Living in the Third Reich: An interview with Ron Gray
by Daniel Coleman | March 5, 2015
Dr Ronald Gray is a Life Fellow of Emmanuel College, Cambridge. He has been there since joining as an undergraduate in the 1930s, and spent 33 years as a lecturer on German literature, history and philosophy. This Christmas, I met with Ron to discuss one particular period of his life. In 1938, Ron spent three months as a foreign student in Nazi Germany. He experienced German fascism first-hand. He saw and saluted Adolf Hitler.
Born in London in the early 1920s, Ron grew up in what he calls “the nicer part” of Battersea. When he was 18 he was offered a place at Emmanuel College to study German. Just before he came up to Cambridge in 1938, he was invited to spend three months in Munich on a student scholarship. Ron was worried initially by issues of censorship. “When I went over there, I had a book by Edgar Mowrer with me – Germany Puts The Clock Back. I thought they would find that in my baggage, but they didn’t.”
Indoctrination was part of everyday life, even if it came in piece-meal servings. Ron’s landlady in Munich was a widow of a university professor. “Every morning after breakfast, she would give me a heavy dose of Nazi propaganda. Well, of course I took none of it in, but if nothing else it was good for my German.”
Much of Ron’s experience of the regime was more sinister. While in Nuremberg, Ron was asked to leave his hostel in preparation for the annual Hitler Youth rally. As he was leaving the city, he began chatting with one man at the train station. This was one of his more memorable encounters, reflecting the darker side of the Third Reich. “After I told him where I was from, he said to me quite earnestly, ‘England’s ruled by the Jews of course.’ Obviously, I asked him what on earth he meant by that. ‘Look at The Times,’ he said, ‘spell it backwards: S-E-M-I-T.’”
Ron also stressed the complexities of many people’s relationship to racist ideology: “I saw some propaganda from Der Stürmer [Streicher’s anti-semitic newspaper] plastered across the bus stop. I said to the lady I was staying with ‘Well, surely you can’t defend that?’ She said, ‘Well, yes. But it’s the only way you can make people understand.’ But do you know, when I got back to England, the very same woman asked me if I could help her Jewish friend to come to Britain. Things were very complicated.”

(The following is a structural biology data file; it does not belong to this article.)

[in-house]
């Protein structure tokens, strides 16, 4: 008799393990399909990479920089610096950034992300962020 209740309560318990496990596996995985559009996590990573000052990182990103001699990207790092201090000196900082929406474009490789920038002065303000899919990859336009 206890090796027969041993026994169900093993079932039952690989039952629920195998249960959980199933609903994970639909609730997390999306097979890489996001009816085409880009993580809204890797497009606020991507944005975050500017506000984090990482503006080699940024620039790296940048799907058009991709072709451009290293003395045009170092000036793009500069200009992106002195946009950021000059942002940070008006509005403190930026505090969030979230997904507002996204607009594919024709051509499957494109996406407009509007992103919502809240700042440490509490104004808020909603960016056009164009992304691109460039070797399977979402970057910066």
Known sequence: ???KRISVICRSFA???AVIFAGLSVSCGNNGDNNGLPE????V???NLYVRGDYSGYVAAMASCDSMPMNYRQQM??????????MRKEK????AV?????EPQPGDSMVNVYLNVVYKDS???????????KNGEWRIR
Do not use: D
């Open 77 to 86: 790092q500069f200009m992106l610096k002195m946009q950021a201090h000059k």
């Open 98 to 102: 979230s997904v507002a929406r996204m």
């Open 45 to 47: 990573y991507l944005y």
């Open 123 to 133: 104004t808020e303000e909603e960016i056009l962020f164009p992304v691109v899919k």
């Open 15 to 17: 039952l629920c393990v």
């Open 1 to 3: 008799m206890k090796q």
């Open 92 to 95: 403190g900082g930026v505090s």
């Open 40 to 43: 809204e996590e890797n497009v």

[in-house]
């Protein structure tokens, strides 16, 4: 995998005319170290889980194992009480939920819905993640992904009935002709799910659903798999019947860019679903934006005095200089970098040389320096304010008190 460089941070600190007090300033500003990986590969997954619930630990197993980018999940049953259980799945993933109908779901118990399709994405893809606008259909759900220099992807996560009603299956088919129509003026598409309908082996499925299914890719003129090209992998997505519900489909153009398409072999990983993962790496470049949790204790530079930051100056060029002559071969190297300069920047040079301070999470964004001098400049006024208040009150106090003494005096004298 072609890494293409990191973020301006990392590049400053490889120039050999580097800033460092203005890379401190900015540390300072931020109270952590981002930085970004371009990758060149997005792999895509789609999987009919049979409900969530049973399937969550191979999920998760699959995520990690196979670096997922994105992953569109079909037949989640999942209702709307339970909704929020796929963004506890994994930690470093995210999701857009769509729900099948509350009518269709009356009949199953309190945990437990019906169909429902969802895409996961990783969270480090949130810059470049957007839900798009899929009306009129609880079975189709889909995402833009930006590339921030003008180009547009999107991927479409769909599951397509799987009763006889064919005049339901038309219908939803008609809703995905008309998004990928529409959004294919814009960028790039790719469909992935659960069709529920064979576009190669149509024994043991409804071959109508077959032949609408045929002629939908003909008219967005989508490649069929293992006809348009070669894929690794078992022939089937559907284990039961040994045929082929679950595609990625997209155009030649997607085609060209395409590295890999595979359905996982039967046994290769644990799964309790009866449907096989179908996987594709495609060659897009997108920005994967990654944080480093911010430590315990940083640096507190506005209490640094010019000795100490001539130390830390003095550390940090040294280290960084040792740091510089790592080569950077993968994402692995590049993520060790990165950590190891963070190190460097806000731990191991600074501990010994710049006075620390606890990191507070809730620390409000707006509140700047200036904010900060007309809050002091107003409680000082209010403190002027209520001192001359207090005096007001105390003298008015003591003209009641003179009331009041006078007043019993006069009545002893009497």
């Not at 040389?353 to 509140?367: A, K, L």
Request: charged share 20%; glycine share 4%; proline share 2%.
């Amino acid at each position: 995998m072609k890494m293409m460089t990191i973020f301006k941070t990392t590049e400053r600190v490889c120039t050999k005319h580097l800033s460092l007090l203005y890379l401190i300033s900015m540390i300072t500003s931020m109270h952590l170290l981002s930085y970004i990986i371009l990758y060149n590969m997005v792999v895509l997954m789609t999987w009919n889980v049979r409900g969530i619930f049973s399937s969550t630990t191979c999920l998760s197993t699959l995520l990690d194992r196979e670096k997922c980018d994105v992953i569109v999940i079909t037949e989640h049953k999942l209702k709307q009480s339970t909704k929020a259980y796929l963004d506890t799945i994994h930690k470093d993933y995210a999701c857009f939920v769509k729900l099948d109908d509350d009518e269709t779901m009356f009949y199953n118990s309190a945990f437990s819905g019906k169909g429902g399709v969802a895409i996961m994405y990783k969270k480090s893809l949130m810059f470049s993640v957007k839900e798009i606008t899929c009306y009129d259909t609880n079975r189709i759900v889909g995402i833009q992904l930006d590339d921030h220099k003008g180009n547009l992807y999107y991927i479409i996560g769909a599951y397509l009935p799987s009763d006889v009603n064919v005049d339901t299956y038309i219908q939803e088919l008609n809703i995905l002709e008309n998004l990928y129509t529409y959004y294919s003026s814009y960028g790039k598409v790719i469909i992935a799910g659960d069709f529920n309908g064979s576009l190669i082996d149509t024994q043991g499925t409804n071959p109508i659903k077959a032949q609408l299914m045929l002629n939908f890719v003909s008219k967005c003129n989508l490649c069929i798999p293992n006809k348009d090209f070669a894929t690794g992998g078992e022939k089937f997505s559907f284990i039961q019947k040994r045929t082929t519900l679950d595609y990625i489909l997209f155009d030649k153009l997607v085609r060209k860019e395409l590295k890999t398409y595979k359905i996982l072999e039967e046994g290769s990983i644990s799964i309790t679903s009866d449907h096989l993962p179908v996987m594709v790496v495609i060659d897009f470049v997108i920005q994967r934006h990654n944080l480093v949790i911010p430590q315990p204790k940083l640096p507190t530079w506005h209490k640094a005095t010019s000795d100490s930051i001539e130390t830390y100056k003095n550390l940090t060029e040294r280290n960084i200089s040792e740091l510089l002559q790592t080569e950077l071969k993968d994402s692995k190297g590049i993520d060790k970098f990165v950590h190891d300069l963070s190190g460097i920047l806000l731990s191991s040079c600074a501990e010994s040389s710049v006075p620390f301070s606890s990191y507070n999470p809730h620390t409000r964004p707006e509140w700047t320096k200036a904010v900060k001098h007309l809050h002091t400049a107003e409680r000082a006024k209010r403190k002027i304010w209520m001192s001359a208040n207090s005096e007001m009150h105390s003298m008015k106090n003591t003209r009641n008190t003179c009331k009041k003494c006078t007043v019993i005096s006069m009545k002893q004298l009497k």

In some areas of the Reich, Ron found that politics was not such a major part of everyday life. Hiking in the mountains near Innsbruck in Austria, the greeting Ron heard was always “Grüß Gott”, and never “Heil Hitler”. He was advised not to wear his scout-badges on account of the Nazis’ ban on independent youth organisations, but no one seemed to mind them there. What is striking – and sometimes shocking – in Ron’s account is the ambivalence, even the wilful ignorance, of many he met in Germany who were prepared to overlook aspects of the new state. Ron once asked his landlady about Dachau, the first of the German concentration camps. Her response, or rather reflex, sounds disturbingly naïve to us: “That’s where they send people who don’t understand Nazism.”
Some people did express discontent with the regime, but often only tacitly. “Another case was where I went to a procession with the family I was with. I remembered that old phrase about how the Romans kept their people happy: “Bread and Circuses”. I thought it was an interesting analogy, so I jotted it down in my notebook. They saw me doing this and asked what I was writing. When they saw it, the mother said ‘Ja, ja, ja’ but nothing else. They wouldn’t say more than that… People with any objections just couldn’t say anything.
For foreign visitors to Hitler’s Germany like Ron, temporary acquiescence to the regime seemed necessary, though this could have troubling consequences. At one point during his stay, Ron was outside a cafe in Munich with his friends, when Adolf Hitler passed them in an open-topped car. He recounts giving the Nazi salute. “I did do that. Yes. I was so ashamed. It really shows you… I don’t know what it was. I certainly detested Hitler; I had no feeling for him at all.”.
In the autumn of 1938, Ron’s father wrote asking that he come home. There were rumours in Britain that war was on the cards. But Ron told me he experienced neither general enthusiasm for, nor anticipation of, a military conflict from the people he knew in Germany. “Well what an idiot I was. I was saying things like ‘There’s nothing in the papers about that kind of thing here.’ Well of course they’d never put it in their papers… I was a pacifist before the war. It was Kristallnacht which totally changed my mind. We discussed war a lot in college in 1938/9; we could tell we were going to be called up at some point by that spring.”
Ron’s account of his time in Germany may well become a valuable footnote for a future historian. Ron’s account and others like it emphasisee the period’s continuing relevance and importance: its warnings, its origins, and even the people who remember it. This Christmas, I interviewed a man who, despite his hatred of Nazism, said ‘Heil’ to Hitler. Seventy years on from the war, such a man is rare.